Tackling the complexity and red tape of the regulatory state at all levels of government doesn’t just support businesses’ bottom line. Reducing red tape and chances for favouritism and bribery builds trust between citizens and the state.

Even in developed economies, clear, transparent, accountable and efficient government procedures for regulations build trust between businesses, citizens and the government. Governments should be continuously working to make administrative procedures more predictable, transparent and less burdensome. In New Orleans, two officials have been charged after it was found that they were approving buildings that had not been inspected or were not up to code in exchange for bribes.

Regulations, like building codes and permitting, are ostensibly designed to protect the safety and well-being of citizens. These licences and permits ensure that buildings are safe for its occupants. However, the lengthy process puts critical financial and economic power in the hands of a few bureaucrats. Businesses are encouraged to pay bribes to speed-up or completely avoid lengthy procedures, particularly for large projects were delays could potentially last years.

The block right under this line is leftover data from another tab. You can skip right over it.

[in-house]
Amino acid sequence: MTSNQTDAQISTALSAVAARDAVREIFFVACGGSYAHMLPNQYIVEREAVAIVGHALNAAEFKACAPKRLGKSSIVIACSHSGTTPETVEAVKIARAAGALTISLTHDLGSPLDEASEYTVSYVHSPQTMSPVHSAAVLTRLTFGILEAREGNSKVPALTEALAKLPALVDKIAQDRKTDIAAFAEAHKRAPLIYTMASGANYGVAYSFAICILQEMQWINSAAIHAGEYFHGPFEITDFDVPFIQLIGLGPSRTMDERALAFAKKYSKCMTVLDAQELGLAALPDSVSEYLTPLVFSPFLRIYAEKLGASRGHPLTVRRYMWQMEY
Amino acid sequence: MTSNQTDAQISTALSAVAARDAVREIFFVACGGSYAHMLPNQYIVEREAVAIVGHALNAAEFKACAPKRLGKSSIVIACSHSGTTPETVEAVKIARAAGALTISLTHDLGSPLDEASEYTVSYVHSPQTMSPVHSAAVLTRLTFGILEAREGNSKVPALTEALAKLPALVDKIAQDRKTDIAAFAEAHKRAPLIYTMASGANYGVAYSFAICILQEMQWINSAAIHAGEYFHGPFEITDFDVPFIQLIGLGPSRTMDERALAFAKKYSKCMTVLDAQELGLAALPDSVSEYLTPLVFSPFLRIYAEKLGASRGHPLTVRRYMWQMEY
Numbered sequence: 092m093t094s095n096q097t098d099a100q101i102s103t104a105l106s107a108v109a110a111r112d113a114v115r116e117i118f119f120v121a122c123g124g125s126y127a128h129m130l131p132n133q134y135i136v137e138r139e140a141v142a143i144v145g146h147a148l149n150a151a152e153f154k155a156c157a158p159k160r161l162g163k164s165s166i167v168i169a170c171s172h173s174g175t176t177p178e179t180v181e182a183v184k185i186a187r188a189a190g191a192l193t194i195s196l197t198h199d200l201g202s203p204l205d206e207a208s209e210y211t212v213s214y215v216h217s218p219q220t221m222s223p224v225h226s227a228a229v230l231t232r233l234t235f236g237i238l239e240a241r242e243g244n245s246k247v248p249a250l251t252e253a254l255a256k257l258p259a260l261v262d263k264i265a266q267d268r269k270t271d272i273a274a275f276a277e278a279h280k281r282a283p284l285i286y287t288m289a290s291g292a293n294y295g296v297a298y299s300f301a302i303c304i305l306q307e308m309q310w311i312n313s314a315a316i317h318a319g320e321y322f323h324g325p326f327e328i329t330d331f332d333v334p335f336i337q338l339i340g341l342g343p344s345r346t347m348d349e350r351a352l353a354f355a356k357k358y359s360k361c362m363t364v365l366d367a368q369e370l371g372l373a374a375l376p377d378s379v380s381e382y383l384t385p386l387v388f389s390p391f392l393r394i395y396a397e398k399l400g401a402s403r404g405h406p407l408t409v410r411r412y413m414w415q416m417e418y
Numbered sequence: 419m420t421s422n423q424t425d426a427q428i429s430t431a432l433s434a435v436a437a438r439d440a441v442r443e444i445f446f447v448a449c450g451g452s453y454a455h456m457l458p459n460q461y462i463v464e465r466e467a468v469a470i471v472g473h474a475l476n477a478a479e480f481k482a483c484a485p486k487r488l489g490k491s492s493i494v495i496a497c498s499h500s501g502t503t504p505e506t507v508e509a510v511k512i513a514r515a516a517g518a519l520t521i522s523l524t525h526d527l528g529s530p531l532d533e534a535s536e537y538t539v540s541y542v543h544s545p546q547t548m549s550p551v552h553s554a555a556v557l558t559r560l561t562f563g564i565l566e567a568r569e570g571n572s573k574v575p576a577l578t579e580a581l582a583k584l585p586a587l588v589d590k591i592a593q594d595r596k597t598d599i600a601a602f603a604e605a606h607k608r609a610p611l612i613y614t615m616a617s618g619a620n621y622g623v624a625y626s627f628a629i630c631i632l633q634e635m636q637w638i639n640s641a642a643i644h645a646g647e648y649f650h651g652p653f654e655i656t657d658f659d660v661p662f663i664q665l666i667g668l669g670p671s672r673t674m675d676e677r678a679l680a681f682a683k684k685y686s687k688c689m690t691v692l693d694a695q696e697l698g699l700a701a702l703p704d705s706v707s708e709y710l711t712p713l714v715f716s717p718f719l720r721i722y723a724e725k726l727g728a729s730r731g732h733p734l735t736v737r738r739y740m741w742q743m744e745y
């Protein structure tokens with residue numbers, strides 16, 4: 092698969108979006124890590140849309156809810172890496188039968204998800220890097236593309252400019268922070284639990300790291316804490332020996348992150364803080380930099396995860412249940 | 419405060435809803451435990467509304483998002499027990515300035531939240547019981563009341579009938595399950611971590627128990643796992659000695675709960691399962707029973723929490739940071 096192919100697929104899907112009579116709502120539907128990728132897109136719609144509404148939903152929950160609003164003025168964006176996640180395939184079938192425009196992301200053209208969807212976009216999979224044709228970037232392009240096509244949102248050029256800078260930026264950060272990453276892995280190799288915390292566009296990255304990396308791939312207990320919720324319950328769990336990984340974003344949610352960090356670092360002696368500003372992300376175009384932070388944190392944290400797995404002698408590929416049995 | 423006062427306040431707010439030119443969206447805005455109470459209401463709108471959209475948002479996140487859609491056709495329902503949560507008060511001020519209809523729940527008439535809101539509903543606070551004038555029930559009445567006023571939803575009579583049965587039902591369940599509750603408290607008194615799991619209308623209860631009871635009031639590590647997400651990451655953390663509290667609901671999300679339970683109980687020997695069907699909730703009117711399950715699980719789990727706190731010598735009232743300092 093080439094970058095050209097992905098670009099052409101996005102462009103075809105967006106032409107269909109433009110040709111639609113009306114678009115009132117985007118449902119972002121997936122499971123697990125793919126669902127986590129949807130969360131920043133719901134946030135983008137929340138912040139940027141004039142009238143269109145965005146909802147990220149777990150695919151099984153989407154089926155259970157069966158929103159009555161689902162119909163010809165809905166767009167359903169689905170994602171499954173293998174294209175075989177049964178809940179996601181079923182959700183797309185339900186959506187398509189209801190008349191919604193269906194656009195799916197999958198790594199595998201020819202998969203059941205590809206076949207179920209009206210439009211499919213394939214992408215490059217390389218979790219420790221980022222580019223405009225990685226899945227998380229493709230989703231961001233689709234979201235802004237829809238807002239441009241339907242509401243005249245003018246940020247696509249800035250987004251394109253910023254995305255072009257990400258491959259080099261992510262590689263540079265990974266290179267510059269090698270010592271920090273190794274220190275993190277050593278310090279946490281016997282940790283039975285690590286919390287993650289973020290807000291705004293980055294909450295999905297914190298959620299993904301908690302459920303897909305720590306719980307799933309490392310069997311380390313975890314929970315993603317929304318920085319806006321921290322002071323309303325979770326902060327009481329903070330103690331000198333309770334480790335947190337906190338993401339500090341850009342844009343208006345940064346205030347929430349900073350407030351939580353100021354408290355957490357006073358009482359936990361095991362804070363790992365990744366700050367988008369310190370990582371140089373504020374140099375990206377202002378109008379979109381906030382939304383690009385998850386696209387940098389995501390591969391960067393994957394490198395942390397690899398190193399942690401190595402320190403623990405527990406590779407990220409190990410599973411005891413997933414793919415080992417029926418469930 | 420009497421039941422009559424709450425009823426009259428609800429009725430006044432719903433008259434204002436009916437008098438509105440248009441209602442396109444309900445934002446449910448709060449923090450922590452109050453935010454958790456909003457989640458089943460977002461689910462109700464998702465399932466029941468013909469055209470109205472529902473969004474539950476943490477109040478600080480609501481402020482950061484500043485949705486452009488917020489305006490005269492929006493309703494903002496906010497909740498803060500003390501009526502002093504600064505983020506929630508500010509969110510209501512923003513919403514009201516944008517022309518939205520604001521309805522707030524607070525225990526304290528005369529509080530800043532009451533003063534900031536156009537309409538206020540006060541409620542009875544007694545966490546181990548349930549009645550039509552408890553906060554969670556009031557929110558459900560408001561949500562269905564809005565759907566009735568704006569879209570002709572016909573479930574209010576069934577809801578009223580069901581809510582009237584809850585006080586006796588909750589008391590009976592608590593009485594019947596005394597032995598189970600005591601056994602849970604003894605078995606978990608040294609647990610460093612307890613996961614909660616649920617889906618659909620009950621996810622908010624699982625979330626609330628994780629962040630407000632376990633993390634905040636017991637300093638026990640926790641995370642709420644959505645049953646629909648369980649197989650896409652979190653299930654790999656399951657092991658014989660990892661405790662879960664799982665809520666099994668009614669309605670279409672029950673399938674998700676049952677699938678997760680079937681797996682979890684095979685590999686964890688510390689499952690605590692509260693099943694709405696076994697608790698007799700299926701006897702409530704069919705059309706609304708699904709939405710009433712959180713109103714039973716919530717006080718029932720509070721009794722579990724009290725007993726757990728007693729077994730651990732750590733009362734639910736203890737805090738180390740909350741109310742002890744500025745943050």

The link between regulation and corruption is well established. Holcombe and Bordeaux (2015) found “a strong relationship between the amount of government regulation in a nation and the level of corruption.” Clarke estimated that increasing the time spent by managers on regulation from the 25th percentile to the 75th percentile increases the risk of bribery by 42%. Aghion et al. (2010) found significant links between regulation and government trust. A number of authors, including Nobel Prize winner Joseph Stiglitz, have noted that particularly corrupt governments also have an incentive to create more regulatory burdens. More rules mean more opportunities to collect bribes.

All of this has a significant effect on the economy. Mudambi et al. (2012) found that the level of economic regulation is a strong predictor of corruption levels and FDI inflows.

Interestingly, academics have found only marginal links to the size and influence of government spending and corruption. It seems logical that a government that spends a greater share of GDP and thus controls more of the economic pie would encourage bureaucrats to accept bribes. Bureaucrats that control a large part of the production could be bribed to spend it on favoured agents through public procurement contracts or redistribution. However, few papers have found an active link. Instead, it’s the burden and complexity of regulation that creates the most opportunities for graft.